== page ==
“Go Home,” reads the angry grease-paint message scrawled on the wall of the now-ransacked villa Nada (Golshifteh Farahani) finds upon her return to the Lebanese village where she grew up. Alas, Nada can’t really go home, not now, not ever, in Jihane Chouaib’s slow and overly obvious account of this now-Westernized young woman’s attempts to put certain family secrets to rest. As three distractingly gorgeous actors mope about its otherwise-grubby Lebanon locations, this trilingual yet not especially talky debut (whose cast speaks French, English and Arabic) seeks profundity in introspective silences. For some it may well achieve that, though technically speaking, it’s a shame everything hinges on a childhood memory that, once fully revealed, isn’t nearly as shocking for us as it must be for Nada, ultimately eliciting respect but not much excitement as it travels fest and arthouse venues far from home.
The genuine cause for interest here arrives not onscreen but behind it, as another female filmmaker finds her voice in a Middle Eastern enclave — where, sadly, it still remains easier for women directors to find work than Hollywood. In this case, it is the Beirut-born Chouaib who returns to her native soil, clearly grappling with some version of the sense of disconnect that Nada feels onscreen. Perhaps she considered a more autobiographical approach too banal, which would account for why she opted to invent a family intrigue — the unsolved disappearance and presumed murder of Nada’s grandfather, Suleyman — which connects the scars that still linger today with the Lebanese civil war that forced both the helmer and her fictive protagonist to flee the country as children.
Presented as a mystery, albeit one in which Nada’s investigation amounts to little more than conjecture plus false assumptions about a misleading flashback, the situation with the missing old man advances in extreme slow motion. As a French-speaking young woman who insists on dredging up memories of civil war, Nada manages to ruffle feathers by asking Suleyman’s old friends and possible rivals (including a potentially dangerous militia leader) what may have happened to him.
Her suspicions are based mostly on a murky recurring memory that took place in the villa’s garden when she was a child, replayed in slightly greater detail each time we see it — the assumption being that she witnessed and subsequently suppressed whatever happened to him. Indeed, the scene, once it finally plays out, reveals several serious crimes, the most unforgivable being that it’s boring.
Nada is operating here on two likely false assumptions, and it’s no fun waiting for her to realize what Chouaib takes far too long to reveal: First, that Suleyman probably wasn’t murdered at all, and second, that he might not have been the civil-war heroic martyr that she imagines. Like the uneasy townsfolk, we might prefer for her to leave the past buried, since the present offers more narrative potential, and certainly Chouaib intends to shift the focus to connections Nada could be making in Lebanon now — including the handsome Lebanese clerk who hits on her (this local lothario wears a distracting amount of makeup, presumably intended to be invisible in Tommaso Fiorilli’s drab cinematography) or the young punk (Francois Nour) who throws firecrackers into the home’s disorderly courtyard, where she comes to believe the body must be interred.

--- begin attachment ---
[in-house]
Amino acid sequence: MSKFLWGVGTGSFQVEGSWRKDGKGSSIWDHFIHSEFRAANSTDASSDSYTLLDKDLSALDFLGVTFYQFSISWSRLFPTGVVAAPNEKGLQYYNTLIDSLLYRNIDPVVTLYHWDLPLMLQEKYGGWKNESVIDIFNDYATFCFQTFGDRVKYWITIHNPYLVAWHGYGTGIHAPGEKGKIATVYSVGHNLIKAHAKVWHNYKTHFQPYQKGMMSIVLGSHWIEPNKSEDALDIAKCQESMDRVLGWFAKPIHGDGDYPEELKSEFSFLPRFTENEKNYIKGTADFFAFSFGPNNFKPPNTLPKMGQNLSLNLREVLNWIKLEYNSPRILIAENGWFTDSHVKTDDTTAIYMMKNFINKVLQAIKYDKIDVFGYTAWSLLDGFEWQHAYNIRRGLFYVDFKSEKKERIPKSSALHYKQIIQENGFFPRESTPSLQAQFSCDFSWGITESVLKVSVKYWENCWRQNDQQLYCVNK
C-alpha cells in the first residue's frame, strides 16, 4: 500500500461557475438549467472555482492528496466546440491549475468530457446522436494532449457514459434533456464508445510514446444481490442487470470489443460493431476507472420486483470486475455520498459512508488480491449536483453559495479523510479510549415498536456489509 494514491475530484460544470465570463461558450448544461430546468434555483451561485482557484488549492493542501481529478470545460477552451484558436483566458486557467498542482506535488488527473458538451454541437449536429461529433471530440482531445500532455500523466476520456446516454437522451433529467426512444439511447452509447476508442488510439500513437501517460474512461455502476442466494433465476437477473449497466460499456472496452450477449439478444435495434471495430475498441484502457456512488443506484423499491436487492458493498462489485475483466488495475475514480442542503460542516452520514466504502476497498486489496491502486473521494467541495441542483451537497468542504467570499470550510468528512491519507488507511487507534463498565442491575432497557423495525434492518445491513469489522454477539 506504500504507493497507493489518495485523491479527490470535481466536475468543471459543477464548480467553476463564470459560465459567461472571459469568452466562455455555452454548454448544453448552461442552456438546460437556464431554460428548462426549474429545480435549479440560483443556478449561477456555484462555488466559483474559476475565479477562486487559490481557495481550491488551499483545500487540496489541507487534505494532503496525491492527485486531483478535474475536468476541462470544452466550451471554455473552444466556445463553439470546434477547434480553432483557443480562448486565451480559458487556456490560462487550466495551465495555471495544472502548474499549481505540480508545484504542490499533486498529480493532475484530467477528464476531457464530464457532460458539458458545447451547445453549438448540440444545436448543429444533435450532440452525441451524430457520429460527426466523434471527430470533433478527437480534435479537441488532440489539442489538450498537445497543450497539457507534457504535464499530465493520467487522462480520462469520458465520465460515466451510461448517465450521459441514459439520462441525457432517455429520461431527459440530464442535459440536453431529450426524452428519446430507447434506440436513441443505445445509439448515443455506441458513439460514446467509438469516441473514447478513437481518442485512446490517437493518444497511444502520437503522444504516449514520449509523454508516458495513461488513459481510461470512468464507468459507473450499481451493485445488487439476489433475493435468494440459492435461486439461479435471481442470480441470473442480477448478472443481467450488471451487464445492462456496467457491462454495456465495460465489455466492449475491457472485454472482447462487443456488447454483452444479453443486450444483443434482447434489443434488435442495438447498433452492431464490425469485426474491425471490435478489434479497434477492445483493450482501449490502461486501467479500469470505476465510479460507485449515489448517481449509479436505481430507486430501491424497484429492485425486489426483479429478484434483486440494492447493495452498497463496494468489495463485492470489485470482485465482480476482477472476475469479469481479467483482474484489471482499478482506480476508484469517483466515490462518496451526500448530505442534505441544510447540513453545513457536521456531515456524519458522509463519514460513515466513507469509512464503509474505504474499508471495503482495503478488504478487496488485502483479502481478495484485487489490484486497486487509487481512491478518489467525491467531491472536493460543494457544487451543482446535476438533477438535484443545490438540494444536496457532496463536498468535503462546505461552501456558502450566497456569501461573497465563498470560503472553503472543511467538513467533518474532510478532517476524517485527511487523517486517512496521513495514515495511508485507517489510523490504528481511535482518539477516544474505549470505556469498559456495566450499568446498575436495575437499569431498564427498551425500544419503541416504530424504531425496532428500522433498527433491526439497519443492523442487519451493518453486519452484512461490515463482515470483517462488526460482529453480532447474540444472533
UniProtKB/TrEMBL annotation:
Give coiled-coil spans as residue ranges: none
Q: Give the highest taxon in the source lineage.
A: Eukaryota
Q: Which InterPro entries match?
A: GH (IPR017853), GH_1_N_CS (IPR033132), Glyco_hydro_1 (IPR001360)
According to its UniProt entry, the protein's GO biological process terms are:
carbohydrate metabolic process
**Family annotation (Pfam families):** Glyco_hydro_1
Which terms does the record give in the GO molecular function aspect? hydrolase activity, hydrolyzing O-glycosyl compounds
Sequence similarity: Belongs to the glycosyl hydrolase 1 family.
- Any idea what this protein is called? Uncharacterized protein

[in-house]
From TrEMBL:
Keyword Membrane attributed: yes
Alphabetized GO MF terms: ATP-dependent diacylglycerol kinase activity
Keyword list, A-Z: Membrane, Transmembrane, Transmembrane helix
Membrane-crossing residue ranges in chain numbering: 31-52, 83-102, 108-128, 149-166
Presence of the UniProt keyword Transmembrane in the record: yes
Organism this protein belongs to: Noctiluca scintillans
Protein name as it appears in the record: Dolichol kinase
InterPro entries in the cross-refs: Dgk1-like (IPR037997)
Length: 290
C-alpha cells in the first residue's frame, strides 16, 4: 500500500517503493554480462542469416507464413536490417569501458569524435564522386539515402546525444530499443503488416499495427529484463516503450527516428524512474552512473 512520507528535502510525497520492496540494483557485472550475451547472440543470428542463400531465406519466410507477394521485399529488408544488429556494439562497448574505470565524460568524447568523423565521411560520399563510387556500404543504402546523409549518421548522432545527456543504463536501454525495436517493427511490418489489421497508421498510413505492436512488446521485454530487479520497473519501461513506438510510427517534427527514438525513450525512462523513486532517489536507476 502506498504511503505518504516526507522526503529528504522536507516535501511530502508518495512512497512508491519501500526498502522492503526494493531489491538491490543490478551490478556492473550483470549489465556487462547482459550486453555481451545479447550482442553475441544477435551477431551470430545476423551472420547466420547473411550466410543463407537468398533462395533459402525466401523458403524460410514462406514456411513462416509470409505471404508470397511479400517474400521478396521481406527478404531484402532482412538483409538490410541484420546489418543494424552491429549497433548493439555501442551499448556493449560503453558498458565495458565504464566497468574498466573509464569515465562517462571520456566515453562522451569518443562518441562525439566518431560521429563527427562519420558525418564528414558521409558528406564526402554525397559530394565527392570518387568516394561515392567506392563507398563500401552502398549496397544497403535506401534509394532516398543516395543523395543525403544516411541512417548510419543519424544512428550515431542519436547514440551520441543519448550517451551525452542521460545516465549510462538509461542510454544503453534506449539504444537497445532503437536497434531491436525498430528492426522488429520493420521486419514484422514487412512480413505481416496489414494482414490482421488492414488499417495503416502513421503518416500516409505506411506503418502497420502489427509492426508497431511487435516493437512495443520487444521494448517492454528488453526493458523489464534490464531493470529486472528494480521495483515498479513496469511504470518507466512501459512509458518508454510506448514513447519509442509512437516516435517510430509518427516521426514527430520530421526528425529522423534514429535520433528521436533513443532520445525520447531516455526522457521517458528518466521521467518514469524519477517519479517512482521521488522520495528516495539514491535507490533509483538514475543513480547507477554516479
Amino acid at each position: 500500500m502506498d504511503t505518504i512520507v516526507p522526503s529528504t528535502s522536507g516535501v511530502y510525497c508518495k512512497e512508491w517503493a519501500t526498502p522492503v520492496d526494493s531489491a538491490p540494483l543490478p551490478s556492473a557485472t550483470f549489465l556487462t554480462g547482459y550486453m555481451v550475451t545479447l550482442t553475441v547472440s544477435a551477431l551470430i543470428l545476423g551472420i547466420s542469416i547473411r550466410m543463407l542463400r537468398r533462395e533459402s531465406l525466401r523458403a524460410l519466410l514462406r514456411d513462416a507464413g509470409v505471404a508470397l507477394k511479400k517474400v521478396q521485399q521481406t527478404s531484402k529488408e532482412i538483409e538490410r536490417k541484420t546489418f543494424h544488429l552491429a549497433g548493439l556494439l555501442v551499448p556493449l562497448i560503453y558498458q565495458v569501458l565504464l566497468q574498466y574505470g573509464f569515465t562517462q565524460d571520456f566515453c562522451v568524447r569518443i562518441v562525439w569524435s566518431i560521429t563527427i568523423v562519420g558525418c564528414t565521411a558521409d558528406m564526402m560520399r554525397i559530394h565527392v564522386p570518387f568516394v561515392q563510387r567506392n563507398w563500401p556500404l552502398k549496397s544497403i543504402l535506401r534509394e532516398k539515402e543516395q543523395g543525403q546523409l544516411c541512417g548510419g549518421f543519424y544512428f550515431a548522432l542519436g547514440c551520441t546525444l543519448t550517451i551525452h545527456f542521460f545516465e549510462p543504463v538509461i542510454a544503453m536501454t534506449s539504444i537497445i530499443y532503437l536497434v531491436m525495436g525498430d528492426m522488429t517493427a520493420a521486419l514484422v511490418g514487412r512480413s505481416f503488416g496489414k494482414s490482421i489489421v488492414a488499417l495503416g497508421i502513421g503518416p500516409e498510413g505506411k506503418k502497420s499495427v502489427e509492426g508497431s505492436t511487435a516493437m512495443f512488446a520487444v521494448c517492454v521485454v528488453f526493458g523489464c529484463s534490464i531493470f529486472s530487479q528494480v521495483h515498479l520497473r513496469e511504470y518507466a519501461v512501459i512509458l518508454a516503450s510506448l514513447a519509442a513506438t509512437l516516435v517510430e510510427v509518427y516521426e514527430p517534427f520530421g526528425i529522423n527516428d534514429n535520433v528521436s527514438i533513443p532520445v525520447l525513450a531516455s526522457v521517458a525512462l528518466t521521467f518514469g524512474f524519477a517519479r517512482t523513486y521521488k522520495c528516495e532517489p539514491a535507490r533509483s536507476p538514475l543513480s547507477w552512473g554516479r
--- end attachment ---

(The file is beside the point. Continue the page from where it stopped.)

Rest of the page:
Those who have seen Farahani act in other films know how unpredictably alive a character can become in her hands (Louis Garrel’s “The Two Friends” serves as one especially luminous example), but “Go Home” denies her this opportunity, preferring the soulful Iranian beauty to stew sullenly in the dreary remains of the life she left behind. Luckily, her equally attractive brother, Sam (Maximilien Seweryn), shows up a few days later, a windswept rapscallion who looks like a model for a “Men of the Peace Corps” calendar. What Nada has lacked in energy returns in his presence as the two siblings tease one another as they must have done as adolescents — a dynamic that substitutes for any concrete memories of that time.
Civil war may have scattered the family to the four winds — Nada to Paris, Sam to Dakar, where he has kept busy digging wells — but it can’t sever the bonds between them. Even when they disagree, they remain connected: She wants to clean the home, and he wants to sell it, but there’s not much point in doing either until they locate granddad’s body. And so the search begins in earnest, taking they on a dusty pilgrimage to another corner of Lebanon where the truth will finally, if rather anticlimactically be revealed, signaling to audiences that it’s time for them to do what Nada can’t: Go home.